As the go-to person in my large Irish family, I’ve helped young and old pick the technology that works for them. It’s a question of figuring out their likes and dislikes to fine tune what they actually need rather than what they think they want. This approach seems to work as we’ve ended up with a wide range of products that has made everyone happy. Is there a product here that suits your family?

Acer-Aspire-V15-15.jpgSurfing Gran

My mother, who remembers the first rotary phone, was a slow comer to computers. It’s been awhile since I got phone calls asking why the Internet was down when she had simply forgotten to turn on her modem. While she has become more comfortable with technology, her needs haven’t changed that much – she wants to play some solitaire, post on Facebook, Skype with her grandkids but still send chain letters through email. Although she liked the portability of a smartphone, the screen was just too small. A desktop classic keyboard setup was often uncomfortable due to her arthritis. The perfect compromise was a laptop with a 38 cm (15 inch) wide screen offering high resolution (at least 1366 x 768px) and some touchscreen features. A high quality built-in mic and webcam also meant it was plug and play for Mom. I wanted a fast processor like the Intel Core i5-4210U processor with 12GB RAM so there are no panicked phone calls when her online chat freezes. Good battery life was also important since she sometimes forgets to plug in her laptop right away. We worried that Windows 8.1 would be too complicated but it turned out it was easier for her to pick up when the touchscreen element was added to the mix. She recently called me about this new video site called You Tube that she has found while surfing for e-cards.

Lenovo Yoga 2 Pro 13.3 Ultrabook.jpgRoad warrior sister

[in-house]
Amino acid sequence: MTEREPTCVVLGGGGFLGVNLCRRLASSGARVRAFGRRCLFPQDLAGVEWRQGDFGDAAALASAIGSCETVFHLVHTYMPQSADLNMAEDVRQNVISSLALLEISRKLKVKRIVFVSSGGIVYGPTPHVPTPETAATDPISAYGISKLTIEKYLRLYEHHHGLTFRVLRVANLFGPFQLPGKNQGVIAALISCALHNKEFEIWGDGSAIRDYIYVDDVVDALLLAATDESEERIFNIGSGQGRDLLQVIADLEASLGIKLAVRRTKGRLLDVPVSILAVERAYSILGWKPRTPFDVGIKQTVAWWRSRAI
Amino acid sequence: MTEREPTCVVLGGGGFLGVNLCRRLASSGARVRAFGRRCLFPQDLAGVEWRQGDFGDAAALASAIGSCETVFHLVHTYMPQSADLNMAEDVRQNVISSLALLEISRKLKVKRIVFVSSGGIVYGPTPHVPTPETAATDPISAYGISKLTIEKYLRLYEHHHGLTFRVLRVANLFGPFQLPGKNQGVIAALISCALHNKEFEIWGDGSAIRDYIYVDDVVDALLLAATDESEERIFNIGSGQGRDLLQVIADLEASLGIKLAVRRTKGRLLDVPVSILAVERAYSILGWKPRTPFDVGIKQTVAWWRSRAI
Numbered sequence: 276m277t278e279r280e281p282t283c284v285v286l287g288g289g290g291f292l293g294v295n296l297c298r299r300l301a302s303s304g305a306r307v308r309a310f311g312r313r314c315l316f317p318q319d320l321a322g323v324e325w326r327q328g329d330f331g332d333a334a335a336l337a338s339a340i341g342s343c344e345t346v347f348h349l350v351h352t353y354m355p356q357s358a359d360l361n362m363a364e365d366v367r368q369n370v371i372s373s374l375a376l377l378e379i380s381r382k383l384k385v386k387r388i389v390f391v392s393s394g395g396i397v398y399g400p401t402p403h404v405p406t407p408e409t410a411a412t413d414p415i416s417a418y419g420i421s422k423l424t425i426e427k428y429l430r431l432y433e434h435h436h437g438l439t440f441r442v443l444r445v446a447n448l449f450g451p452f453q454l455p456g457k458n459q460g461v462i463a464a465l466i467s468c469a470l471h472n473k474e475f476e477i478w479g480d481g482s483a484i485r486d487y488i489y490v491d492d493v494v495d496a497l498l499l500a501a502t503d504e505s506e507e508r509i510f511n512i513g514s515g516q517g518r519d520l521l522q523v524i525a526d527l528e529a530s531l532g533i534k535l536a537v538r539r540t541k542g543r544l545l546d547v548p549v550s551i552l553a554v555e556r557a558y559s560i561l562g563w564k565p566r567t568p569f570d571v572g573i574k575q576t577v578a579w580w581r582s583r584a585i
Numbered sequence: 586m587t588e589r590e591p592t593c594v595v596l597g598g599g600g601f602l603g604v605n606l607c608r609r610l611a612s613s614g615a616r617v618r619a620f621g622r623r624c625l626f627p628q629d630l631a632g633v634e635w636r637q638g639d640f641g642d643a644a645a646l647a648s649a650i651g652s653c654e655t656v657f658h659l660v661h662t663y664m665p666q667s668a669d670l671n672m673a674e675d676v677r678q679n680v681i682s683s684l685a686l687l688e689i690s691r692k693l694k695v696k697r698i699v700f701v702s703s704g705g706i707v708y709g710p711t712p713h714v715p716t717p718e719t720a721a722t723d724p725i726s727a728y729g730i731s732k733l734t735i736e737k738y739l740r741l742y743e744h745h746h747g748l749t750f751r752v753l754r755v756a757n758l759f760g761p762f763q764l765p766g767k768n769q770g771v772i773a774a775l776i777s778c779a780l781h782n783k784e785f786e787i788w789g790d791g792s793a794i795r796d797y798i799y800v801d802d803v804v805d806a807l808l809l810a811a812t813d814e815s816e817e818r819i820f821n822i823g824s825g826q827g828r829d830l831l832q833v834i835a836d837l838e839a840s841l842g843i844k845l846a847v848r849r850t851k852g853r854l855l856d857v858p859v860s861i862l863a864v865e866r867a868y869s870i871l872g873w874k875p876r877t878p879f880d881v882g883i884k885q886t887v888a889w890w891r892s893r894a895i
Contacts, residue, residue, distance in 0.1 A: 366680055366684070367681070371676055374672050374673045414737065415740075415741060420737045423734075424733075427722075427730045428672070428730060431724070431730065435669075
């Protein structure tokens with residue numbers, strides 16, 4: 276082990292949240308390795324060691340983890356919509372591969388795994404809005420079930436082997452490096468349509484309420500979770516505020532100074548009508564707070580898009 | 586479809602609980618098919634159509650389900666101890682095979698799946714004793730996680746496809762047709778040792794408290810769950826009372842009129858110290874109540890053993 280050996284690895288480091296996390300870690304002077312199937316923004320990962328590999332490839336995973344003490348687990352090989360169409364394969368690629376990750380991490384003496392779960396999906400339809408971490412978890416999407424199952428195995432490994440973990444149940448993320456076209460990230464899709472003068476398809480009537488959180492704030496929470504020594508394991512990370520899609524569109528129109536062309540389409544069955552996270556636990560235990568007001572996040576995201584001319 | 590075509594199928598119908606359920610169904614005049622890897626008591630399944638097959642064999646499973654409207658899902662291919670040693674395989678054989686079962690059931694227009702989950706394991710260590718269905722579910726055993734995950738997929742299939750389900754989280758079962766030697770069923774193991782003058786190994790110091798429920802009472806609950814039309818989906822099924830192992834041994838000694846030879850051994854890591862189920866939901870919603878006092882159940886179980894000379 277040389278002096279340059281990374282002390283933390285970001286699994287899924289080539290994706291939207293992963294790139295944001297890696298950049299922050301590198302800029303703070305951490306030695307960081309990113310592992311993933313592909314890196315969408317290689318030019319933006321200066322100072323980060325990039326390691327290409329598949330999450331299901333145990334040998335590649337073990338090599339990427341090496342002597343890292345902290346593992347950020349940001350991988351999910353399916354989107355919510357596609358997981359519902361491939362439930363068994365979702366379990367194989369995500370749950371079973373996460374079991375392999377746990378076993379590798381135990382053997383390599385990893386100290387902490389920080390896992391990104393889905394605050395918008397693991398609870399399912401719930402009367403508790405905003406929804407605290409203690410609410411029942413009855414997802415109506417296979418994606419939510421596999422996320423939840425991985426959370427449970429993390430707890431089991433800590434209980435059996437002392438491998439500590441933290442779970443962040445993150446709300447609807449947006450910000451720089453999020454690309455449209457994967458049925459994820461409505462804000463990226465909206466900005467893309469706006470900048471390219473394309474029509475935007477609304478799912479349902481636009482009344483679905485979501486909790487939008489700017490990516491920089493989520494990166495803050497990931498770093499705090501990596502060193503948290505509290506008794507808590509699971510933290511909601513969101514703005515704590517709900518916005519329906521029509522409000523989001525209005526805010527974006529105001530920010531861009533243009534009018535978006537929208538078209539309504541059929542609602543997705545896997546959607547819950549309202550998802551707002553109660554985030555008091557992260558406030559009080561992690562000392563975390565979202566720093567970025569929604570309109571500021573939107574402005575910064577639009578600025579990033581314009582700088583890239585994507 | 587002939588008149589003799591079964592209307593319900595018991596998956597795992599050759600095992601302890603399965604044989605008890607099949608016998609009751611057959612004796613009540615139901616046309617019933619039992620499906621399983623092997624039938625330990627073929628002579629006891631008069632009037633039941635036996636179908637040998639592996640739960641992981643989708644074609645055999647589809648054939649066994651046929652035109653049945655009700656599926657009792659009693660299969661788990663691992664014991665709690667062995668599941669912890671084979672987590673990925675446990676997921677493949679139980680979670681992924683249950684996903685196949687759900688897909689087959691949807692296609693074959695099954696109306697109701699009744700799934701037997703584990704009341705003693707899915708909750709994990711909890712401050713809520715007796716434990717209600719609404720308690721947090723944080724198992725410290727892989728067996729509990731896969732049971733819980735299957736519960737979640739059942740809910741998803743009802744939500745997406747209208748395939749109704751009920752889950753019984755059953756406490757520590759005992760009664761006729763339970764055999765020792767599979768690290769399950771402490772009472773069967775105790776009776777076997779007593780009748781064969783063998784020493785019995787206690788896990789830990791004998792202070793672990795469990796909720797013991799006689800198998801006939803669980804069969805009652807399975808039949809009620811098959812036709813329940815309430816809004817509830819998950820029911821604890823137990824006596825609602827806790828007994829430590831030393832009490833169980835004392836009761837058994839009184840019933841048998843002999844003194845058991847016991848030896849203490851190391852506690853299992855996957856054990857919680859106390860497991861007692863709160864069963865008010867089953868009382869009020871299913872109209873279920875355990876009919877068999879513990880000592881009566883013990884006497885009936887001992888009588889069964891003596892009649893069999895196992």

My sister was a whole different story. She had spent most of her working life at a desktop supported by an IT department. Her new job requires her to travel and do presentations but also pick up emails, create spreadsheets and do reports. She found laptops just too heavy and was concerned about her device being hardy enough to withstand being thrown into security bins and then manhandled by customs officers. Her best choice was a convertible touchscreen ultrabook. It could operate as either a laptop or click off its hinge to become a tablet. It ran all the usual Windows and Microsoft applications and came equipped with the same Intel processors as traditional laptops. Her ultrabook had a keyboard and track pad with a 12.5″ LED-backlit touch screen that supported 1080p content but only weighed a mere 12.5 kg (3lbs). Another requirement was fast transfer and share data speeds using an USB 3.0, WiFi or Bluetooth. With an Intel Core i7 processor with 8GB RAM, she could  multitask with gusto. The flip hinge on the ultrabook made it easy to switch to a tablet mode when she wanted to present directly from her computer.

HP 21-2029 21.5" All-in-One PC.jpgUniversity daughter

My eldest daughter started university as an English lit major with some music courses thrown in for good measure. She has a long reading list and when the combined weight of a laptop, books, paper and pens became too much, we bought her an e-reader. This meant she could keep all the books she needed to read in one central location and also save money buying the books in an electronic format. At 15.24 cm (6 inches), the e-reader screen was smaller than her laptop but it presented the text as if it was on paper so it was similar to reading. A ClarityScreen touchscreen lets her read in sunlight so she can do homework on the commute to work. It also allows her to highlight text, takes notes and bookmarks pages. She can download her reading list to her computer using the WiFi option or the USB key. The e-reader didn’t replace her laptop but it made reading easier and helps keep her organized.